|Publication number||US5880748 A|
|Application number||US 08/705,394|
|Publication date||9 Mar 1999|
|Filing date||30 Aug 1996|
|Priority date||20 Sep 1994|
|Publication number||08705394, 705394, US 5880748 A, US 5880748A, US-A-5880748, US5880748 A, US5880748A|
|Inventors||Winthrop D. Childers, Brian J. Keefe, John Paul Harmon|
|Original Assignee||Hewlett-Packard Company|
|Export Citation||BiBTeX, EndNote, RefMan|
|Patent Citations (18), Non-Patent Citations (2), Referenced by (84), Classifications (9), Legal Events (7)|
|External Links: USPTO, USPTO Assignment, Espacenet|
This application is a continuation-in-part of application U.S. application Ser. No. 08/309,302, filed Sep. 20, 1994, entitled "Closed Loop Servo System for Pen Ink Delivery", now abandoned.
The present invention relates generally to thermal inkjet technology, more particularly to ink containment and delivery systems for a pen using an off-board ink reservoir and, more specifically, to a automatic controller system for a pressure regulator used in an ink delivery system for inkjet pen and a method of operation using said system.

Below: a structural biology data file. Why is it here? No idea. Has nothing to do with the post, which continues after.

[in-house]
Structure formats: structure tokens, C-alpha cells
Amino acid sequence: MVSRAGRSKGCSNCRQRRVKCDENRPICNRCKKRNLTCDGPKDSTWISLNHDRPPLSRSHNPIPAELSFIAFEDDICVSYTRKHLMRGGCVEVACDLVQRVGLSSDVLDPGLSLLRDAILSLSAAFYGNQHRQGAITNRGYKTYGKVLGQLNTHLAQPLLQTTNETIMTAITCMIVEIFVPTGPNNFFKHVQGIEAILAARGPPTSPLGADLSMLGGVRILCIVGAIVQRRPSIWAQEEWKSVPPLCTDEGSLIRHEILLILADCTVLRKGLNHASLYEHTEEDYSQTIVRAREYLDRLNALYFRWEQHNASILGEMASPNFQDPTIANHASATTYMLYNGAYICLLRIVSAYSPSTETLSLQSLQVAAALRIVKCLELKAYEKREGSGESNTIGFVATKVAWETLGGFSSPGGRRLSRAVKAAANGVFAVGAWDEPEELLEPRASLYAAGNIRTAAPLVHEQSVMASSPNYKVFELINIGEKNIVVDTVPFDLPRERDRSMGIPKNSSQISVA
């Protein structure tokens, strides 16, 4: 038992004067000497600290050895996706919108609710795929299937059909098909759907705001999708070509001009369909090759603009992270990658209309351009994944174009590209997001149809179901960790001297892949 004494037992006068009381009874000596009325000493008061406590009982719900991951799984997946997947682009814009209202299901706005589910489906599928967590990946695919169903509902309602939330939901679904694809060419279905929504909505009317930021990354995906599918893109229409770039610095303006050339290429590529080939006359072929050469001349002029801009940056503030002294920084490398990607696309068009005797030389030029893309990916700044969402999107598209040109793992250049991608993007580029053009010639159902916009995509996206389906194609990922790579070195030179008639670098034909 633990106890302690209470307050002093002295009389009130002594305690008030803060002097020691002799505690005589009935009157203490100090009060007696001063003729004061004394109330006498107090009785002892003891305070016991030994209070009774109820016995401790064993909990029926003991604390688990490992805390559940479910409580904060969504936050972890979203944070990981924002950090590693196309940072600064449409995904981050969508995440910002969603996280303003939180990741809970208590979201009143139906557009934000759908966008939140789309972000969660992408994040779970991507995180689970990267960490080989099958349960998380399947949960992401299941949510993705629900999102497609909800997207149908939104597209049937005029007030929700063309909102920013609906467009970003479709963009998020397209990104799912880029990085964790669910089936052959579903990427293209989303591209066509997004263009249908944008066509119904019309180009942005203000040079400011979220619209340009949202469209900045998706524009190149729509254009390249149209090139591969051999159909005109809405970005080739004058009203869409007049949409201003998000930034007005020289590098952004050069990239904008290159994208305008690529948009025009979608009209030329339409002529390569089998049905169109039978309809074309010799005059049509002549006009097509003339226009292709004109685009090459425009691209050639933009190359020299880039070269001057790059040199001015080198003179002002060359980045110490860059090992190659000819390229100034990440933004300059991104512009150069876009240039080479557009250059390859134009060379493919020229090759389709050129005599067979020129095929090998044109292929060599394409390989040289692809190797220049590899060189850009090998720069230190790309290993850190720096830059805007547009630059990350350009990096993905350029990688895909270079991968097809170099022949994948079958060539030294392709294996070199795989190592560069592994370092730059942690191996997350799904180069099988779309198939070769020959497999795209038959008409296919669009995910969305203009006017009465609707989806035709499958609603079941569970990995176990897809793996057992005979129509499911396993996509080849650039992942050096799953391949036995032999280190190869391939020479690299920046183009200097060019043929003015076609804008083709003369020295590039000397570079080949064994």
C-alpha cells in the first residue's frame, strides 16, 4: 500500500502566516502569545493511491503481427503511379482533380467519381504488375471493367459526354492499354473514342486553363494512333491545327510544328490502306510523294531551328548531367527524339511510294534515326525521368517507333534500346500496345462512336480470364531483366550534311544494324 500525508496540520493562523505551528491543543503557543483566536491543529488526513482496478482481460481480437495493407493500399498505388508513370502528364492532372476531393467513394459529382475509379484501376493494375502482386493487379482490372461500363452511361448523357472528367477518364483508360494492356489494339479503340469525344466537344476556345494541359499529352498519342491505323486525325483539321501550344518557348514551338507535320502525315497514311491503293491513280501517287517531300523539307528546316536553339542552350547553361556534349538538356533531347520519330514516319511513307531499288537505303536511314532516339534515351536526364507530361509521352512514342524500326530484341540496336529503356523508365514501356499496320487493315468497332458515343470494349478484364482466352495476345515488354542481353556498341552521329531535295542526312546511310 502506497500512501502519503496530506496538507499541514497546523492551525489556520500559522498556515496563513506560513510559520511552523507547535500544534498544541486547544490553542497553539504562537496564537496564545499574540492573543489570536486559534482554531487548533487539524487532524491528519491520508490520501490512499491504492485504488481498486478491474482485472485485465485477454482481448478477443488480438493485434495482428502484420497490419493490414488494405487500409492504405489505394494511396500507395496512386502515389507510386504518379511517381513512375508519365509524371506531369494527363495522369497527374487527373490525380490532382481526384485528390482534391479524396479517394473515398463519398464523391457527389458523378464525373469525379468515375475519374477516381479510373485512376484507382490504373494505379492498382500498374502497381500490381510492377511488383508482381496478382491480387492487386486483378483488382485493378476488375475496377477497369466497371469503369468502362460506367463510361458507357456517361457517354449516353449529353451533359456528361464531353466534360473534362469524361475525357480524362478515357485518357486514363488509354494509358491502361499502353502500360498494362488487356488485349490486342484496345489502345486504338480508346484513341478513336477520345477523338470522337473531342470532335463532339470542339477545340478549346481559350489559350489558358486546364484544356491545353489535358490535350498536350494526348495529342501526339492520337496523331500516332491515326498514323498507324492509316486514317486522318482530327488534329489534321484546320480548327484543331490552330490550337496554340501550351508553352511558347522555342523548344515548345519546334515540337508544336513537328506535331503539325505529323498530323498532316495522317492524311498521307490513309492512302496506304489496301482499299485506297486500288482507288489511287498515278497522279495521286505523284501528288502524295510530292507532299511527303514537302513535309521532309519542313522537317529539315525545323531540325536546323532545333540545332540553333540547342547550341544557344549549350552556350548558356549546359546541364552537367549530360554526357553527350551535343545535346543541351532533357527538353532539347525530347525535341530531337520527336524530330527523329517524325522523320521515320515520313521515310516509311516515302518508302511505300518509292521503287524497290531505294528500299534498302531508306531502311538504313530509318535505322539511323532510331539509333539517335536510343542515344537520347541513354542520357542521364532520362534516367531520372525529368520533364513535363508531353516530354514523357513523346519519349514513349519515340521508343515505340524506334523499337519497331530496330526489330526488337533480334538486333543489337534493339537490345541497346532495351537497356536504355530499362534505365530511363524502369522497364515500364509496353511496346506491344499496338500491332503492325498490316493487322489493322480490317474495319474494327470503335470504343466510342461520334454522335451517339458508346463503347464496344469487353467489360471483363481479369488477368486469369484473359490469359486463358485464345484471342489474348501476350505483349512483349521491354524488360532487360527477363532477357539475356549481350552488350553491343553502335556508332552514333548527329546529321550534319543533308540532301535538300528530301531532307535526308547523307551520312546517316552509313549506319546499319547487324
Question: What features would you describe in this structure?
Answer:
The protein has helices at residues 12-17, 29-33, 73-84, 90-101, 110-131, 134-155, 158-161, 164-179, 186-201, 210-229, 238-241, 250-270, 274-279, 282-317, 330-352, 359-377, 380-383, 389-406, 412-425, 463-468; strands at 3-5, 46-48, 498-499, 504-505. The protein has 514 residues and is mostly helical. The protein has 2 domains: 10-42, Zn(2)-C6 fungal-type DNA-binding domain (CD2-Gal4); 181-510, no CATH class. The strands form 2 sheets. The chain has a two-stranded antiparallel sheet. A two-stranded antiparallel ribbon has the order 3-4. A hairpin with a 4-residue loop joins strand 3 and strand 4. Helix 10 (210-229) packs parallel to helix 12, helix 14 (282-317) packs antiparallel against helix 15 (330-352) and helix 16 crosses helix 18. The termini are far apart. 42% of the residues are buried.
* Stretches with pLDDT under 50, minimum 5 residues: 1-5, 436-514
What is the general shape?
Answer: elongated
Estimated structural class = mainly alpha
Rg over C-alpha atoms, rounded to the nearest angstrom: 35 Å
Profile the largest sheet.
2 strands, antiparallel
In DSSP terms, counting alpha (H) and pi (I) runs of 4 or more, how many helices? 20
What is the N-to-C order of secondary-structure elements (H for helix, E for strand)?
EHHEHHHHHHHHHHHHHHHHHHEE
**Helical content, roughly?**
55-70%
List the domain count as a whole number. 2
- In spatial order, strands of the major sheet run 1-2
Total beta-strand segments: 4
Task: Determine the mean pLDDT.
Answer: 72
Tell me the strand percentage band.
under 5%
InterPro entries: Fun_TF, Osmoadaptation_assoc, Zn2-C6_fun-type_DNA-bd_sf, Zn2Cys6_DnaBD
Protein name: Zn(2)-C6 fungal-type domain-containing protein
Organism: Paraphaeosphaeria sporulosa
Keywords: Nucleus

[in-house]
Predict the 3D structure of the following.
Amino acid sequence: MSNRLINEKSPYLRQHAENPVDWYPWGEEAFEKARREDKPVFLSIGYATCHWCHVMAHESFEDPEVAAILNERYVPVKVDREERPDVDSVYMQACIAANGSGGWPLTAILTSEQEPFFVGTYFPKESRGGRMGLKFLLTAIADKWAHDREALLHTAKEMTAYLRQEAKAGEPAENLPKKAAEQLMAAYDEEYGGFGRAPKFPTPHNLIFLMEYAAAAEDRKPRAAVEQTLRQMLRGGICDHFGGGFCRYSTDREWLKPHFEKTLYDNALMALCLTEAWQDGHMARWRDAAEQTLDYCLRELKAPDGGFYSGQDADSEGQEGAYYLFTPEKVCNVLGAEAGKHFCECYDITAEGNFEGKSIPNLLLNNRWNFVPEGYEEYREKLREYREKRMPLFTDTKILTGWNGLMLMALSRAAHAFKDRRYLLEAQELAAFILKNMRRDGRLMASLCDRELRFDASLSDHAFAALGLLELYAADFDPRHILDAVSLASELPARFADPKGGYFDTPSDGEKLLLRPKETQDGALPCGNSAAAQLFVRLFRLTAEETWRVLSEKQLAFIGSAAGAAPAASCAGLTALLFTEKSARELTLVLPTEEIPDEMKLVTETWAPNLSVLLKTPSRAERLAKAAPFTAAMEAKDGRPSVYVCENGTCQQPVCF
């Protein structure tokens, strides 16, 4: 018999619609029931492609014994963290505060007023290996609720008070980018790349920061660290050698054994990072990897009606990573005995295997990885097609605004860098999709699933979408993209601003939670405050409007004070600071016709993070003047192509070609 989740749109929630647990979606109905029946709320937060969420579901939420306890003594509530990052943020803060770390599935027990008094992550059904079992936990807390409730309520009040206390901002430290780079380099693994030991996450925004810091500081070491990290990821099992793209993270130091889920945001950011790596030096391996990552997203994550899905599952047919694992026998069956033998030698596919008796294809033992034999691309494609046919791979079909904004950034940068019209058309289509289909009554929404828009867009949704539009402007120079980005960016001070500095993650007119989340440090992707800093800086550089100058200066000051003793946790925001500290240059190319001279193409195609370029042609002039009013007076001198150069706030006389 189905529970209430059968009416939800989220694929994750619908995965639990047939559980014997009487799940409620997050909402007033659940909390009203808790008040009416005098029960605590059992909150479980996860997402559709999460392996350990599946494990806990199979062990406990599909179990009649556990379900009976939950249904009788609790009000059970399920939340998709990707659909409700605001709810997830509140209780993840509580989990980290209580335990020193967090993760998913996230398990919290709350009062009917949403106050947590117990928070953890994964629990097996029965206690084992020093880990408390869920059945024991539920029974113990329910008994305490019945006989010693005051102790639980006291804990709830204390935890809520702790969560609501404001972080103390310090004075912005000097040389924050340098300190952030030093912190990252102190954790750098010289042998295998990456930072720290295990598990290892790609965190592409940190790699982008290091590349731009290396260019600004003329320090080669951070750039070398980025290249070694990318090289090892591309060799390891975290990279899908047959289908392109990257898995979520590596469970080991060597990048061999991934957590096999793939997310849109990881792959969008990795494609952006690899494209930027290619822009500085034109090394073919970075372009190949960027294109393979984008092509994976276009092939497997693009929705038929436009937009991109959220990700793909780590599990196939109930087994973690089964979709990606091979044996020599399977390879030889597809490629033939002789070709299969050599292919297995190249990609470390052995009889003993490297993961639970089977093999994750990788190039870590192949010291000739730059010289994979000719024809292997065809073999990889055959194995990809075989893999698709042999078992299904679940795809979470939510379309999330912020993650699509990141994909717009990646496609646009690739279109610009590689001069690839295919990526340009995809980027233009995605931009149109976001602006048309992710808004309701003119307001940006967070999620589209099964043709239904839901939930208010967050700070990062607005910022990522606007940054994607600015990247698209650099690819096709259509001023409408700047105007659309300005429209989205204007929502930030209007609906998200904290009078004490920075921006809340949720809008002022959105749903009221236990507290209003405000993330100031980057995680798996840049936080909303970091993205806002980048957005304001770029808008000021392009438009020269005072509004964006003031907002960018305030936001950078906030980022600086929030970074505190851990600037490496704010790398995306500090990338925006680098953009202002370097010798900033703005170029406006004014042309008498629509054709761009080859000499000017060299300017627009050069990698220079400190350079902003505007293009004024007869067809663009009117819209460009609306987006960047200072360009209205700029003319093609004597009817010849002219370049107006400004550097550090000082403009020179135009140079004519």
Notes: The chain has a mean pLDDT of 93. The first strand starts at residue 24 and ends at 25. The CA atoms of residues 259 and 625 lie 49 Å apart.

Thermal inkjet hardcopy devices such as printers, graphics plotters, facsimile machines and copiers have gained wide acceptance. These hardcopy devices are described by W. J. Lloyd and H. T. Taub in "Ink Jet Devices," Chapter 13 of Output Hardcopy Devices (Ed. R. C. Durbeck and S. Sherr, San Diego: Academic Press, 1988) and U.S. Pat. Nos. 4,490,728 and 4,313,684. The basics of this technology are further disclosed in various articles in several editions of the Hewlett-Packard Journal Vol. 36, No. 5 (May 1985), Vol. 39, No. 4 (August 1988), Vol. 39, No. 5 (October 1988), Vol. 43, No. 4 (August 1992), Vol. 43, No. 6 (December 1992) and Vol. 45, No.1 (February 1994)!, incorporated herein by reference. Inkjet hardcopy devices produce high quality print, are compact and portable, and print quickly and quietly because only ink strikes the paper.